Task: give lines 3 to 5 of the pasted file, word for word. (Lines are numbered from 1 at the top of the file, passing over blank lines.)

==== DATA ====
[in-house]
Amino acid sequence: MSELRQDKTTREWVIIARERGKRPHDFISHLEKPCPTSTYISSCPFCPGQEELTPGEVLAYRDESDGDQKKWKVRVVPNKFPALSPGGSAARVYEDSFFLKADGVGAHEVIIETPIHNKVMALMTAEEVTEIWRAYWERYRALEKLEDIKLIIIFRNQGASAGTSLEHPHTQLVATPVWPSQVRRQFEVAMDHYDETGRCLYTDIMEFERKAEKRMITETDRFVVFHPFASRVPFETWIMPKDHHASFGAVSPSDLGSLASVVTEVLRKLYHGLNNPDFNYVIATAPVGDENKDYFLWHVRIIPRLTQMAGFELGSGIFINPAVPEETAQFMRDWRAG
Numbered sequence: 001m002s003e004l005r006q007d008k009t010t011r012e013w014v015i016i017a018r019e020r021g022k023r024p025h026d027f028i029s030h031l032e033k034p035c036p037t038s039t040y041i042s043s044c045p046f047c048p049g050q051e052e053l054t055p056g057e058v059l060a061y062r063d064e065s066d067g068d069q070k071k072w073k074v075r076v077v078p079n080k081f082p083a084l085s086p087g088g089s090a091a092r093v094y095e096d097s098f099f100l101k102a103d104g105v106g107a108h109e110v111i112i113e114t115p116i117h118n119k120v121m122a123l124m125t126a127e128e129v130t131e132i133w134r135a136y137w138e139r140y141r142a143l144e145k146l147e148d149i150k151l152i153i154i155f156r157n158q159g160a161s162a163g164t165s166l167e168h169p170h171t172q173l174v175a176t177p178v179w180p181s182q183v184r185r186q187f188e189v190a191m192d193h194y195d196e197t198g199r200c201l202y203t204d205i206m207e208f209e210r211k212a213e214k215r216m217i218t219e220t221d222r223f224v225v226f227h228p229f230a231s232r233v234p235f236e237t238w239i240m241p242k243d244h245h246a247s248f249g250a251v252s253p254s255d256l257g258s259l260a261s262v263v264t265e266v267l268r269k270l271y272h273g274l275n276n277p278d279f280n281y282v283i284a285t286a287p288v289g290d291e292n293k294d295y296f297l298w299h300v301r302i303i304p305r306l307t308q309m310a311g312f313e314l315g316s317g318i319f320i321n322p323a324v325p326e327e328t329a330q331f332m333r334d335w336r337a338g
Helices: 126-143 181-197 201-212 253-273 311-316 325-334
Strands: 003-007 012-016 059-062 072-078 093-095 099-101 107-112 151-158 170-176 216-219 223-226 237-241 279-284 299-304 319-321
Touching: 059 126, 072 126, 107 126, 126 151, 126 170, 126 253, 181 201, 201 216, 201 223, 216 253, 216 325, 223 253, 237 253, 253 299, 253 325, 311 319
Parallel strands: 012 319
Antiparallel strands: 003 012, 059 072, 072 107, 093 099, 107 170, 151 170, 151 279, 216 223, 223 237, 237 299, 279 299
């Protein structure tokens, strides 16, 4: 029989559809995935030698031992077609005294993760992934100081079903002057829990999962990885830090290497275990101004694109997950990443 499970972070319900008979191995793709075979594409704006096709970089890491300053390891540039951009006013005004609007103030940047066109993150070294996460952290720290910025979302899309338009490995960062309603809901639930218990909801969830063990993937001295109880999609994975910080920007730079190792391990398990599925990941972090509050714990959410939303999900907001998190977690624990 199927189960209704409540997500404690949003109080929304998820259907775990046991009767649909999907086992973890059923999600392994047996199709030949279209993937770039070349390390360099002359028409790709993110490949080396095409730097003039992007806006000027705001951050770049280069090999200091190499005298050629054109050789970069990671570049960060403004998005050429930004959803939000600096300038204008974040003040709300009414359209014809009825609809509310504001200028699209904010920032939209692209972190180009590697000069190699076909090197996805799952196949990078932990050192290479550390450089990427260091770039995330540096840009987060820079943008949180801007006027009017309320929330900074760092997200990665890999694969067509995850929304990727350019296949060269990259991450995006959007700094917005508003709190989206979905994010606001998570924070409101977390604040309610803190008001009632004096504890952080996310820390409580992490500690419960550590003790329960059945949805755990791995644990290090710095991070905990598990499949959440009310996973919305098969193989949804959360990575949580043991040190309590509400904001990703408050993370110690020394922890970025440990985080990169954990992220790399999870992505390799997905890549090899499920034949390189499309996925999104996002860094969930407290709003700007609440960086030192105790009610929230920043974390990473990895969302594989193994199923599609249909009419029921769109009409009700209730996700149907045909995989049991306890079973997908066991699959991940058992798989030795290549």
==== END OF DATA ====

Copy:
Numbered sequence: 001m002s003e004l005r006q007d008k009t010t011r012e013w014v015i016i017a018r019e020r021g022k023r024p025h026d027f028i029s030h031l032e033k034p035c036p037t038s039t040y041i042s043s044c045p046f047c048p049g050q051e052e053l054t055p056g057e058v059l060a061y062r063d064e065s066d067g068d069q070k071k072w073k074v075r076v077v078p079n080k081f082p083a084l085s086p087g088g089s090a091a092r093v094y095e096d097s098f099f100l101k102a103d104g105v106g107a108h109e110v111i112i113e114t115p116i117h118n119k120v121m122a123l124m125t126a127e128e129v130t131e132i133w134r135a136y137w138e139r140y141r142a143l144e145k146l147e148d149i150k151l152i153i154i155f156r157n158q159g160a161s162a163g164t165s166l167e168h169p170h171t172q173l174v175a176t177p178v179w180p181s182q183v184r185r186q187f188e189v190a191m192d193h194y195d196e197t198g199r200c201l202y203t204d205i206m207e208f209e210r211k212a213e214k215r216m217i218t219e220t221d222r223f224v225v226f227h228p229f230a231s232r233v234p235f236e237t238w239i240m241p242k243d244h245h246a247s248f249g250a251v252s253p254s255d256l257g258s259l260a261s262v263v264t265e266v267l268r269k270l271y272h273g274l275n276n277p278d279f280n281y282v283i284a285t286a287p288v289g290d291e292n293k294d295y296f297l298w299h300v301r302i303i304p305r306l307t308q309m310a311g312f313e314l315g316s317g318i319f320i321n322p323a324v325p326e327e328t329a330q331f332m333r334d335w336r337a338g
Helices: 126-143 181-197 201-212 253-273 311-316 325-334
Strands: 003-007 012-016 059-062 072-078 093-095 099-101 107-112 151-158 170-176 216-219 223-226 237-241 279-284 299-304 319-321